After speaking about the techniques he used, Chadsey began asking us questions about our own experiences at Princeton – including the somewhat sensitive topic of whether we felt we had to defend our interest in art. He himself was a Harvard undergrad, and often felt stigmatized or embarrassed by his decision to become a fine artist.

If we had any lurking doubts of the validity of an academic entering the Fine Arts, they were extinguished by the next studio visit. The journey to Phong Bui’s studio was like traversing a canyon and climbing a mountain to meet the Shaman meditating at the summit. The small, energetic Vietnamese man who answered the door shook each of our hands, found us seats, offered us coffee, and informed us that anyone who used the bathroom was required to read at least one poem from his collection of poetry books while on the throne.

Phong Bui’s stature was misleading – he contained enough knowledge on the tip of his tongue to overwhelm any Princetonian. One simple question – “Why did you begin The Brooklyn Rail? – prompted a forty-minute evaluation of trends in art and how they have impacted our perception of the world since the 1920s. He made constant references to things and people at which we could only nod our heads and pretend to be familiar with. He had an eternally deep well of wisdom to offer us: “Action is Passion;” “No painter is a true painter without also being a Poet and a Philosopher;” “Don’t be a boring person – you need to associate with all types of people, not just artists;” “You can always sleep later.”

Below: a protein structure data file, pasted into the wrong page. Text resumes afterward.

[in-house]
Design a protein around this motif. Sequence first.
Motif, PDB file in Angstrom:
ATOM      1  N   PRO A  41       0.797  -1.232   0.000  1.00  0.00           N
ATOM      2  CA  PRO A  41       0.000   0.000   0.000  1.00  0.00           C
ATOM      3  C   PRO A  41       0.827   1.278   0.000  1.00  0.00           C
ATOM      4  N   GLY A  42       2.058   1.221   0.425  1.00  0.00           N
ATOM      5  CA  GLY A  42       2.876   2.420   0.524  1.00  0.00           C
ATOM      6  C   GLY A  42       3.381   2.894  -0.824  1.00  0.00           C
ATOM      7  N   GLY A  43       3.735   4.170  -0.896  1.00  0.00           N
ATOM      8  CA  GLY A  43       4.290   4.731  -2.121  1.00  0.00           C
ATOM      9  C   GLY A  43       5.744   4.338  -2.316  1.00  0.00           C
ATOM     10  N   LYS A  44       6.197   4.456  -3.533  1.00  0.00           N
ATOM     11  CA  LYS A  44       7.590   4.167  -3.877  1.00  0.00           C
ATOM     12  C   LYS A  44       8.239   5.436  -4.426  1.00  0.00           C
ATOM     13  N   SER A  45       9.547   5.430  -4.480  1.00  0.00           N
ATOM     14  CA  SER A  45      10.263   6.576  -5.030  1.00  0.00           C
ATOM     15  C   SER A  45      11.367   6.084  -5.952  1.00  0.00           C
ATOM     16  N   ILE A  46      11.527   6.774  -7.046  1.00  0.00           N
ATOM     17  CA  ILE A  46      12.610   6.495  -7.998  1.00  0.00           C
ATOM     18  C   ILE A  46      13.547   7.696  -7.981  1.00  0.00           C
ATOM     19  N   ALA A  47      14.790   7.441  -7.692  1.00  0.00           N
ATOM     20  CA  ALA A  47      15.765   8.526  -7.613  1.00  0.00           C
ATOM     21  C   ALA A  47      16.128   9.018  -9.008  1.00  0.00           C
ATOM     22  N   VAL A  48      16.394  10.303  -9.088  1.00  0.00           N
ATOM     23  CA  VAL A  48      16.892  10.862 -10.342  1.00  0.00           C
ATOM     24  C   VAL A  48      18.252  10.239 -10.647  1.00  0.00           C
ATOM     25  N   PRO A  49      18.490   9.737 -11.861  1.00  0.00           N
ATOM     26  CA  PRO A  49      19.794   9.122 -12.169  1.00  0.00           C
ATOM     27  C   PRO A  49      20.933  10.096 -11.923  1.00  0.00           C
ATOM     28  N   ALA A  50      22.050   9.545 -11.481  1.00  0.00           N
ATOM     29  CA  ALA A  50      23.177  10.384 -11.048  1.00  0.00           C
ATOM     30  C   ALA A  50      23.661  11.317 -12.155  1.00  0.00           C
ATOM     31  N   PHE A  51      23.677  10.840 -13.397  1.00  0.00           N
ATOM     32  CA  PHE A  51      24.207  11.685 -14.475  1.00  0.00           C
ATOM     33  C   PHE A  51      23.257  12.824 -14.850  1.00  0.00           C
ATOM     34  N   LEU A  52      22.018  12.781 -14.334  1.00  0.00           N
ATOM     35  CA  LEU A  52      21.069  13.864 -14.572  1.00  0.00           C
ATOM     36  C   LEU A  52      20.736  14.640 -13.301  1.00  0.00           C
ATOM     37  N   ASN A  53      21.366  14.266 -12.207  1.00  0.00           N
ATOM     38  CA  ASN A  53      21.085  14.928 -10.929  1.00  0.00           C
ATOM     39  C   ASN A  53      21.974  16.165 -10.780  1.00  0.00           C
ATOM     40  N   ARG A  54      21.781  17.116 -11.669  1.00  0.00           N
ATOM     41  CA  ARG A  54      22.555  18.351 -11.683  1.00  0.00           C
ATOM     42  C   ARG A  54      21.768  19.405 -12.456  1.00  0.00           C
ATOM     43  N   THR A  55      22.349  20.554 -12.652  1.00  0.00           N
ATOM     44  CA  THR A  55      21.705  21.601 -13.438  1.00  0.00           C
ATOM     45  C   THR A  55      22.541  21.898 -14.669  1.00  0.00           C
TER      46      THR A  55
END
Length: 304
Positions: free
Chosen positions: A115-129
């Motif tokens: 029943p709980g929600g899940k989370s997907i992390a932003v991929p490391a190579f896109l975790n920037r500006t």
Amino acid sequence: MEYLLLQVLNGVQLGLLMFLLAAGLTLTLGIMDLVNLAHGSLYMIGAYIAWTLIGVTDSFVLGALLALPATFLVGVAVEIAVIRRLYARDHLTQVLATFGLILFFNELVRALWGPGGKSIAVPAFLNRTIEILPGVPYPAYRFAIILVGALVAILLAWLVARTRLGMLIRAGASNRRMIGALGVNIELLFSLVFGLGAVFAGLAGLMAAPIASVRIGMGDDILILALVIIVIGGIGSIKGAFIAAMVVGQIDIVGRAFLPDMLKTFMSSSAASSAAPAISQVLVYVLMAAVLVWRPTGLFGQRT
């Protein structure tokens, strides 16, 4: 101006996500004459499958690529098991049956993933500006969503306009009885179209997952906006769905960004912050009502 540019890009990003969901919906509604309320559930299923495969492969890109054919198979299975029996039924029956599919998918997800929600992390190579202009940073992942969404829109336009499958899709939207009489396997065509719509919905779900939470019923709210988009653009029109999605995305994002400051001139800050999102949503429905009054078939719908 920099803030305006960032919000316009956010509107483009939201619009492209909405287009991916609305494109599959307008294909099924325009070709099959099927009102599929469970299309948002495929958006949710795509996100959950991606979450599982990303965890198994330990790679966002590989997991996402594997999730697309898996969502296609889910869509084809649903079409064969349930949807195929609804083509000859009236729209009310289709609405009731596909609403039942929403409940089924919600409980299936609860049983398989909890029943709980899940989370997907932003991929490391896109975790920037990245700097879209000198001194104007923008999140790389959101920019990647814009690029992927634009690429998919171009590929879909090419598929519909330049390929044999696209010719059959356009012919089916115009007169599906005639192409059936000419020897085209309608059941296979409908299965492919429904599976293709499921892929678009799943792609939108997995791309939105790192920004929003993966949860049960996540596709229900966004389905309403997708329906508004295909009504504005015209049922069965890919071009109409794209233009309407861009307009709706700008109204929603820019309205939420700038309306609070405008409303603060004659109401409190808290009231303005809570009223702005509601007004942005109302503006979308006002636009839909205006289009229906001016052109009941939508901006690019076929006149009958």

Phong Bui himself only gets four hours of sleep a night. He spends most of his time editing The Brooklyn Rail?, a publication for criticism, opinions, and happenings in the Brooklyn community. How he has managed to put out such a well-put-together paper is beyond me – the paper is free-of-charge, the writers are unpaid, the entire project is funded by a few grants and his own funds, and yet it continues to be one of the most highly-respected publications in the city. His artwork, which he considers a meditative practice, has remained successful despite his focus on The Rail. His works in progress include colorful canvasses with a pattern of symbols reminiscent of little radioactive caterpillars crawling around, left-handed paintings inspired by Antoine de Saint-Exupery’s The Little Prince, and photograph-like drawings of people for The Rail. His 3-D works range from small mobiles to gigantic installations dealing with color and perspective.

We spent over two hours visiting with Bui before heading over to Dawn Clement’s studio to view her artwork and eat her food. Walking inside felt like walking onto a movie set – detailed drawings of rooms from movies were tacked all over the wall. They were so realistic that it really seemed the room was even bigger than it was – that you could walk right through the walls onto the Titanic.

The free food was… interesting. Sardine, onion, and olive pie, rosemary walnuts, and some sort of dried fruit that tasted like green tea Craisins (if those existed) were among the selection. After a day of having my brain completely twisted by the artists, I chose to gorge myself on the hideously conventional brownies. I can’t say I came to a judgment about the character of artists – it’s something that escapes definition. However, I can say that unlike some of the accepted and heralded nine-to-fivers, they seem to have discovered something in their work that keeps them alive and interesting.